First a horrific blast rocked the town of Tultepec, a place already notorious for deadly fireworks accidents, and emergency workers rushed in to rescue the injured.
Then, 20 minutes later, a new series of other explosions erupted around them, killing at least four firefighters, two police officers and a civil defense worker. In all, at least 24 people died and at least 49 were injured Thursday, according to the government of the State of Mexico.
“They wanted to save lives without knowing that the same thing was going to happen to them,” said Teresa Gonzalez, who heard the nearby blasts that began at 9-40 a.m.
Tultepec, a municipality of about 130,000 people roughly an hour’s drive north of Mexico City, is famed for small workshops that produce many of the fireworks used throughout the region and for repeated accidents that have killed at least 70 people in less than two years.
Guadalupe Romero, another town resident, stopped short of saying the town’s fireworks industry should be shut down, because he knows so many of the area’s families depend on it.
But he said that between a nearby propane gas plant and the fireworks production, “We are sitting on a time bomb.”
“Yes, we’re scared,” said the 64-year-old merchant.
Luis Felipe Puente, head of Mexico’s civil defense agency, said the workshops that exploded were “clandestine.” But they were located within an area specifically marked out for the production of pyrotechnics. State and federal officials had promised, after earlier disasters, to impose safety restrictions in such areas.
Along the road were brightly painted buildings labelled with “danger” warnings. There was even a guard shack inside a shabby chain link fence.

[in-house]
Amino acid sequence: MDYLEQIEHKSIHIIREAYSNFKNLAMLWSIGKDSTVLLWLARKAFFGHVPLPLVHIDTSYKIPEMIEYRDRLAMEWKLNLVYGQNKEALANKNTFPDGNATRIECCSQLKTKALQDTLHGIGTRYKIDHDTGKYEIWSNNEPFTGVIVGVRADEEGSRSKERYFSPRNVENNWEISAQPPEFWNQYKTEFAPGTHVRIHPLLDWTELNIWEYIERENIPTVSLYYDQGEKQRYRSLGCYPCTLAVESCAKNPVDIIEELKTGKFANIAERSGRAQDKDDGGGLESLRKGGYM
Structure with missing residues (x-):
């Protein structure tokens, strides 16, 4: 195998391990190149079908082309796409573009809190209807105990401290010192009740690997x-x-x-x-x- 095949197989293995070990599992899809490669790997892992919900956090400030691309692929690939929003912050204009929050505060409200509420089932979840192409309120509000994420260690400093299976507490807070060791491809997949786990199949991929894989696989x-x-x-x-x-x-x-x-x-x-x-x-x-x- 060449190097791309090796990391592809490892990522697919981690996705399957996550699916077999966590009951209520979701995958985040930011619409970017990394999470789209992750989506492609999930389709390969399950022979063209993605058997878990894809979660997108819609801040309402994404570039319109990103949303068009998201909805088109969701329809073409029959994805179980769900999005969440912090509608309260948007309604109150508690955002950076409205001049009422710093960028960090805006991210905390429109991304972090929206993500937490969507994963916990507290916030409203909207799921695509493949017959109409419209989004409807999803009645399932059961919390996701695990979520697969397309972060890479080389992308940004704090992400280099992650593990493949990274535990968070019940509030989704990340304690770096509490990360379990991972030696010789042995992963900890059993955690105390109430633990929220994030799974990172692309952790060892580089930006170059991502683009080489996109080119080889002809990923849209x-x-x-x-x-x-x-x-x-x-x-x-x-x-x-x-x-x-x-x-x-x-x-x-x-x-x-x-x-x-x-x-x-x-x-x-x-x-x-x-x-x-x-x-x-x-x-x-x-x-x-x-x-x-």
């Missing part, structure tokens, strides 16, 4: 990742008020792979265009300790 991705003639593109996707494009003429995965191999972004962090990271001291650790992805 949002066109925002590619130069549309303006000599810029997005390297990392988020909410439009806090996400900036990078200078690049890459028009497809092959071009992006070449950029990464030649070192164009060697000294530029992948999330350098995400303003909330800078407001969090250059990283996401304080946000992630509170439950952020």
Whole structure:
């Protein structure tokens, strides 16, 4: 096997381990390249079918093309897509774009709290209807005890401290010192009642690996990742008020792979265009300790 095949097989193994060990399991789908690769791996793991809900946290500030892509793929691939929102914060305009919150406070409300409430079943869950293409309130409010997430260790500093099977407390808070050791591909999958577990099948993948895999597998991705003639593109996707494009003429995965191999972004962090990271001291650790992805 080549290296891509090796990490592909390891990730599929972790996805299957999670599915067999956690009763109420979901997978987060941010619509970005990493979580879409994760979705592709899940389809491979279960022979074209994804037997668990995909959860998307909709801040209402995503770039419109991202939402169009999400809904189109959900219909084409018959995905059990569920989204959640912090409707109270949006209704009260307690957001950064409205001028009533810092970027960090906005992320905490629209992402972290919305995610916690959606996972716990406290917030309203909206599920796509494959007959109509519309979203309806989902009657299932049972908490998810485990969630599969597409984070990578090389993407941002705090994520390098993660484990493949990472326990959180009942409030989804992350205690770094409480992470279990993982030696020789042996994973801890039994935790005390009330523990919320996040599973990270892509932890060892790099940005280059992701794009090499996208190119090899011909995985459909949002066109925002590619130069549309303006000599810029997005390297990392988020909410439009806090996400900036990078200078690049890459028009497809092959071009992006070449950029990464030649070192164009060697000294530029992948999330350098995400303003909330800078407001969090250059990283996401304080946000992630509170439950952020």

The shops that blew up apparently didn’t have the required permits issued by the Mexican army to store explosive materials, but that’s the case for many of the family-based businesses.
Video images showed a massive plume of smoke rising after the explosion. Journalists arriving later found wrecked buildings and scorched ground amid a rural patch of modest homes and small farm plots.
Fiercely protective of their artisanal industry, locals resist regulation, and on Thursday some assaulted journalists recording images of the site, destroying their video memory cards.
Safety measures at such workshops and markets have been a matter of constant debate in Mexico, where festivals big and small feature small rockets and bomblets, often at close range of spectators, and where individuals often set off firecrackers in the streets.
“We cannot continue to allow this kind of situation,” Puente told the Milenio news network.
At least 35 people were killed in a Dec. 20, 2016, explosion that leveled a fireworks market crowded with holiday shoppers, and government officials then promised to rebuild it better than ever.
Since then there have been several other explosions at fireworks shops around Tultepec. An accident In March 2017 killed four people. Another last month killed seven and injured eight.
Deadly fireworks explosions have occurred repeatedly elsewhere in Mexico. A 1988, a fireworks blast in Mexico City’s enormous La Merced market killed at least 68, prompting a generally ignored prohibition on the sale of fireworks in the city.
In 1999, 63 people died when an explosion of illegally stored fireworks destroyed part of the city of Celaya in Guanajuato state.
A blast at a market in the Gulf coast city of Veracruz killed 29 people in 2002. In 2013, a rocket struck a truck loaded with fireworks for a religious procession in Tlaxcala state, killing 17.
Fourteen people died including 11 children when a firecracker landed on pyrotechnics being stored for a religious ceremony in the Puebla state town of San Isidro in May 2017.
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